Alu­minium re­cy­cling al­most per­pet­ual

The Weekend Australian - Review - - Investments -

THE boast of the alu­minium in­dus­try is that it is a cir­cu­lar econ­omy, ar­gu­ing that most of the metal is used with the po­ten­tial to be re­cy­cled again and again.

Be­cause the atomic struc­ture of alu­minium is not altered dur­ing smelter, the in­dus­try ex­plains, its life cy­cle is not the tra­di­tional cra­dle- to- grave’’ se­quence but a re­new­able cra­dle- to- cra­dle.’’

This at­tribute has en­abled alu­minium scrap to hold a high mar­ket value be­cause the en­ergy needed to melt it for re- use is only 5 per cent of the power con­sumed in its pri­mary pro­duc­tion. In ad­di­tion, re­cy­cling only emits 5 per cent of the green­house gases pro­duced in pri­mary pro­duc­tion, and the alu­minium busi­ness boasts that its use of scrap saves more than 70 mil­lion tonnes of emis­sions world­wide each year.

Since its in­cep­tion, the in­dus­try says, re­cy­cling of alu­minium scrap has re­duced global in­dus­trial green­house gas emis­sions by a cu­mu­la­tive bil­lion tonnes. It puts the cur­rent global en­ergy sav­ing each year at around 215,000 gi­gawatt hours, equal to Aus­tralia’s to­tal an­nual elec­tric­ity con­sump­tion.

Ac­cord­ing to the in­dus­try, more than a third of all alu­minium cur­rently pro­duced around the world orig­i­nates from re­cy­cled metal, a tripling of out­put since 1980.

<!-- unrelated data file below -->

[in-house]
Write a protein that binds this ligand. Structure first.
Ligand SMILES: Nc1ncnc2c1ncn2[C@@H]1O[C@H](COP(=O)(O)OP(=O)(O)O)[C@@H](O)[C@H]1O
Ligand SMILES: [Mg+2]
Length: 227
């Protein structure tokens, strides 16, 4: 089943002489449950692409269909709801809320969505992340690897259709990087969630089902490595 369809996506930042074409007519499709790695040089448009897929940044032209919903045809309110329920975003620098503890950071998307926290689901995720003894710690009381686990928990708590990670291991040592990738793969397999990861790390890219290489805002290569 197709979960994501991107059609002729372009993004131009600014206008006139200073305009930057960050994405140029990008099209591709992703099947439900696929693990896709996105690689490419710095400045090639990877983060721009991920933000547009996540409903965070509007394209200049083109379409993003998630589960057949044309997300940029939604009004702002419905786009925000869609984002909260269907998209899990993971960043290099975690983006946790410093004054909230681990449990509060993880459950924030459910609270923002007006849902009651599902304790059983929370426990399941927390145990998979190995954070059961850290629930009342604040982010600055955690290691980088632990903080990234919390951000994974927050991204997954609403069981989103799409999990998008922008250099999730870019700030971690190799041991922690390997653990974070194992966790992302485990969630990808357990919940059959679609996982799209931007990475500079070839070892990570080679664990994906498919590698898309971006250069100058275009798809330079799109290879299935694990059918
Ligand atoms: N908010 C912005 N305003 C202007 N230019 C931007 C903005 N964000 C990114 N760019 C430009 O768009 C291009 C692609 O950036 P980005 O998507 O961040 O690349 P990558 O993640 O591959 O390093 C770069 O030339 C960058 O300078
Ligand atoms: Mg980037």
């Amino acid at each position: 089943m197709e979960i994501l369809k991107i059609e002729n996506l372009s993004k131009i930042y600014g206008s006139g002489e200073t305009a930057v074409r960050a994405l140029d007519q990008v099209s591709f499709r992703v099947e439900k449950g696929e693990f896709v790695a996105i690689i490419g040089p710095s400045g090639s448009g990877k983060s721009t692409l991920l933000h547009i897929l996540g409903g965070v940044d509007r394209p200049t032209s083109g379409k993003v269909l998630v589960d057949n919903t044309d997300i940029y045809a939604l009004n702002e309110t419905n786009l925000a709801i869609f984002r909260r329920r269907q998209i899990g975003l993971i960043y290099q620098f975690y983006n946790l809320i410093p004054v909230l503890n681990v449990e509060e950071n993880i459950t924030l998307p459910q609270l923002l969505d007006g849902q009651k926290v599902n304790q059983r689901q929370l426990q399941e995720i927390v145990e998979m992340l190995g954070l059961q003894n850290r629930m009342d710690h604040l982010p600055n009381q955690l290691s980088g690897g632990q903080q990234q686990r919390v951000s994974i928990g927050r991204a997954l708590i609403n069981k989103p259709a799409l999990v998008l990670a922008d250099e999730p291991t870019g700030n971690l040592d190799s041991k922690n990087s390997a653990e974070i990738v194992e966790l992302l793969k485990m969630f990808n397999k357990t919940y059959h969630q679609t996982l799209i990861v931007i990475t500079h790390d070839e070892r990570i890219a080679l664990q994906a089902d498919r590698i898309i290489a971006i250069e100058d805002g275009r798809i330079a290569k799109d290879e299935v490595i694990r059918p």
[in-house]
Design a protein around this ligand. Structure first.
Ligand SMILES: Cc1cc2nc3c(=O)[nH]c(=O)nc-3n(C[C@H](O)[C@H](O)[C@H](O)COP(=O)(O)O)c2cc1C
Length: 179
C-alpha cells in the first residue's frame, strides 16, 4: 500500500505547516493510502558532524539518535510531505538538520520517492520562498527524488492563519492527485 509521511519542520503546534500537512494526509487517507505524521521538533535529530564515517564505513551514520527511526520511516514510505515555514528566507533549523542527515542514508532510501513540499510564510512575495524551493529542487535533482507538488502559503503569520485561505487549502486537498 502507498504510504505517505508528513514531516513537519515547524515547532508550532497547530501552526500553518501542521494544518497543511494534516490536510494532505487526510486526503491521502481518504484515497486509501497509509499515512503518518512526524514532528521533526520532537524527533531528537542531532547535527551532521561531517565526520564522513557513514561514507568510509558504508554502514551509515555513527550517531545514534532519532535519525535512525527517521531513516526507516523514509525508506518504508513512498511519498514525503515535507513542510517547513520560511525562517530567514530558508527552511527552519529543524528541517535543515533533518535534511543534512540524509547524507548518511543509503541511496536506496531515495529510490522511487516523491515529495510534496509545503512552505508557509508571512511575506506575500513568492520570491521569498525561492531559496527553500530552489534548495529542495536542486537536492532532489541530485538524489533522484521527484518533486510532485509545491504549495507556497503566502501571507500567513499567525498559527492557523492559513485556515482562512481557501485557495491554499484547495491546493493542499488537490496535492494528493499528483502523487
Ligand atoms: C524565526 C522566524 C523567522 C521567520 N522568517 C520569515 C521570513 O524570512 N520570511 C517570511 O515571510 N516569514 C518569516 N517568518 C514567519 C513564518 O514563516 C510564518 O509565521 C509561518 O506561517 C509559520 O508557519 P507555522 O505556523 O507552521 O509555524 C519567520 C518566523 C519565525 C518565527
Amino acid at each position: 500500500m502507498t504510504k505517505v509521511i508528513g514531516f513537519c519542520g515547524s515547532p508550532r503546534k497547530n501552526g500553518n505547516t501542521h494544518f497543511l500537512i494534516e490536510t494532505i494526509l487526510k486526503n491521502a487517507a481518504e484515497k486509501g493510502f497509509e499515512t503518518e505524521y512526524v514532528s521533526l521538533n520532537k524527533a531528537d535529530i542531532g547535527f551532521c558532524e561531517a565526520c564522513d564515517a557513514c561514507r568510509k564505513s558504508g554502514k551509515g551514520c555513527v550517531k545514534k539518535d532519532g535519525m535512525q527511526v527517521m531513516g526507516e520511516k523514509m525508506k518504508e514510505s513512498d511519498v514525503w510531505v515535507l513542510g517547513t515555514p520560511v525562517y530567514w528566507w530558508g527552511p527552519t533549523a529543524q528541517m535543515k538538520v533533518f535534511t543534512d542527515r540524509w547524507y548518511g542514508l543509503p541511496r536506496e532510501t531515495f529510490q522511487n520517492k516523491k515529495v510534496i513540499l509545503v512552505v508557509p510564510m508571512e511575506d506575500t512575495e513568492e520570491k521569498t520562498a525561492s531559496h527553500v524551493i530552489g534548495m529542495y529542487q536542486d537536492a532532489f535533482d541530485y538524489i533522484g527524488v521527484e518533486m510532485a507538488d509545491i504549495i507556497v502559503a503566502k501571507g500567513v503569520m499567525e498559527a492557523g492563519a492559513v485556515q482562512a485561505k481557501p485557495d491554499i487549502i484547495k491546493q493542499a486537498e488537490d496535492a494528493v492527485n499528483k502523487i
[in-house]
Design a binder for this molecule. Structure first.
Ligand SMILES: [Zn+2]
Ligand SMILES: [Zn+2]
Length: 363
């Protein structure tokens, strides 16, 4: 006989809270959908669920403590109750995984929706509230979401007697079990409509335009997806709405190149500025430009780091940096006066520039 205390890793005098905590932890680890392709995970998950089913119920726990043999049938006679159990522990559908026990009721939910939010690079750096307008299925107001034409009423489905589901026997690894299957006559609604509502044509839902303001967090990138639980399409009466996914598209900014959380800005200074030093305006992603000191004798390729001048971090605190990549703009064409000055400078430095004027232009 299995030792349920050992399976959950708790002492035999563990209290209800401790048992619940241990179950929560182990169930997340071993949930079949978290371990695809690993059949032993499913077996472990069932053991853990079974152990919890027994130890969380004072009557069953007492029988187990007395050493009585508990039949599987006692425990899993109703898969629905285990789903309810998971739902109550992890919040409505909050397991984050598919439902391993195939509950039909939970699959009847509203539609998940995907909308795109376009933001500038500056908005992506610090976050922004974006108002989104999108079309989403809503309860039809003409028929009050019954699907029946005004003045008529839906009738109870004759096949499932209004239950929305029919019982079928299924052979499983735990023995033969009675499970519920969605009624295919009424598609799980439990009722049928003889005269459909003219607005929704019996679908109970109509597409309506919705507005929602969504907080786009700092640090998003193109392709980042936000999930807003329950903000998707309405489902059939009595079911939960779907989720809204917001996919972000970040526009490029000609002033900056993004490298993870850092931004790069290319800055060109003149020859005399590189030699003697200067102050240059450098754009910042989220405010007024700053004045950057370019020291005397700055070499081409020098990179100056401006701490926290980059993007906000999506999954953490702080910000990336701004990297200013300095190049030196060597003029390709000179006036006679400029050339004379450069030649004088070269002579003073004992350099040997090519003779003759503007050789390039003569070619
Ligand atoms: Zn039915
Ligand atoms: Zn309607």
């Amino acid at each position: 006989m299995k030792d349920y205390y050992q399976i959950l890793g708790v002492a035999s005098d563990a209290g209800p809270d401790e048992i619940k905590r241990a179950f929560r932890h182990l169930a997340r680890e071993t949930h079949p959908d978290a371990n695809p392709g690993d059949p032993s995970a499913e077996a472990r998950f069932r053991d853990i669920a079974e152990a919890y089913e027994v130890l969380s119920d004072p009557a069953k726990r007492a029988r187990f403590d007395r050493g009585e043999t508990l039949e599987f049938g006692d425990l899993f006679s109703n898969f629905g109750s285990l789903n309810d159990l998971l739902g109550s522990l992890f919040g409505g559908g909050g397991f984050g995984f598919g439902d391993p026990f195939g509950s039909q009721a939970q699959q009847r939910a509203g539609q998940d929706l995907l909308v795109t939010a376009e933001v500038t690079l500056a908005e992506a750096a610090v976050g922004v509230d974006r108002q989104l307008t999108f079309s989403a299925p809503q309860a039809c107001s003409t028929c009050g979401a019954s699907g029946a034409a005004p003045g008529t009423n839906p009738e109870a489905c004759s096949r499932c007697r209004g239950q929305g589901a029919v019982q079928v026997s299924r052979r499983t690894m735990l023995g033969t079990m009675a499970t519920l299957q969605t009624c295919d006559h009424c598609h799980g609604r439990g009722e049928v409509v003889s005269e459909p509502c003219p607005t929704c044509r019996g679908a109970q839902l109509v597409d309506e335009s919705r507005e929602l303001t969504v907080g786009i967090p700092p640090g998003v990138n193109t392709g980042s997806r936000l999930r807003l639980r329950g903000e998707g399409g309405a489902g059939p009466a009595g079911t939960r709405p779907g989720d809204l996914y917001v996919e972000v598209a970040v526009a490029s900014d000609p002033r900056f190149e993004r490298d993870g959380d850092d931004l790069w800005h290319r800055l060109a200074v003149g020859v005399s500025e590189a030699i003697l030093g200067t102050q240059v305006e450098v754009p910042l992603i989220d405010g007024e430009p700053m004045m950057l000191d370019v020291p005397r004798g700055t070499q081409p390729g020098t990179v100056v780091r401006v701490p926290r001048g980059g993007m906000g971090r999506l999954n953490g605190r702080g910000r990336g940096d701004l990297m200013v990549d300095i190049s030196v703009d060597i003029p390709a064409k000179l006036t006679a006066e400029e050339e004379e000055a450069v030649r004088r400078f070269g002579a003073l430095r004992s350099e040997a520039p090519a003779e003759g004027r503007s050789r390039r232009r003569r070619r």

Of an es­ti­mated 700 mil­lion tonnes of alu­minium pro­duced in the world since com­mer­cial man­u­fac­ture be­gan in the 1880s,’’ says the In­ter­na­tional Alu­minium In­sti­tute, three quar­ters is still in pro­duc­tive use.’’

The Aus­tralian Alu­minium Coun­cil says more than 260,000 tonnes of scrap is re­trieved here each year — used prod­ucts and fac­tory pro­duc­tion scrap.

Aus­tralians re­cy­cle about 34,000 tonnes a year of used drink cans — in­volv­ing col­lec­tion of some 2.5 bil­lion cans.

A large amount of the scrap col­lected is ex­ported, win­ning more than $ 370 mil­lion a year in for­eign trade, with China the dom­i­nant ex­port des­ti­na­tion.

The soar­ing cost of en­ergy is also work­ing in favour of alu­minium re­cy­cling.

When en­ergy is rel­a­tively low- cost it is cheaper for pro­duc­ers to make new alu­minium than to find, col­lect, iden­tify, sep­a­rate and clean the alu­minium parts of dis­carded prod­ucts and, in fact, more than half of the alu­minium cur­rently re­cy­cled comes from fac­tory waste in the pro­duc­tion of con­sumer goods.

With the near- cer­tainty that global en­ergy de­mand and gov­ern­ment com­mit­ment to adding car­bon taxes to en­ergy prices will push costs — and es­pe­cially elec­tric­ity costs — to far higher lev­els, it is likely that it will be­come eco­nom­i­cal to stock­pile scrap.

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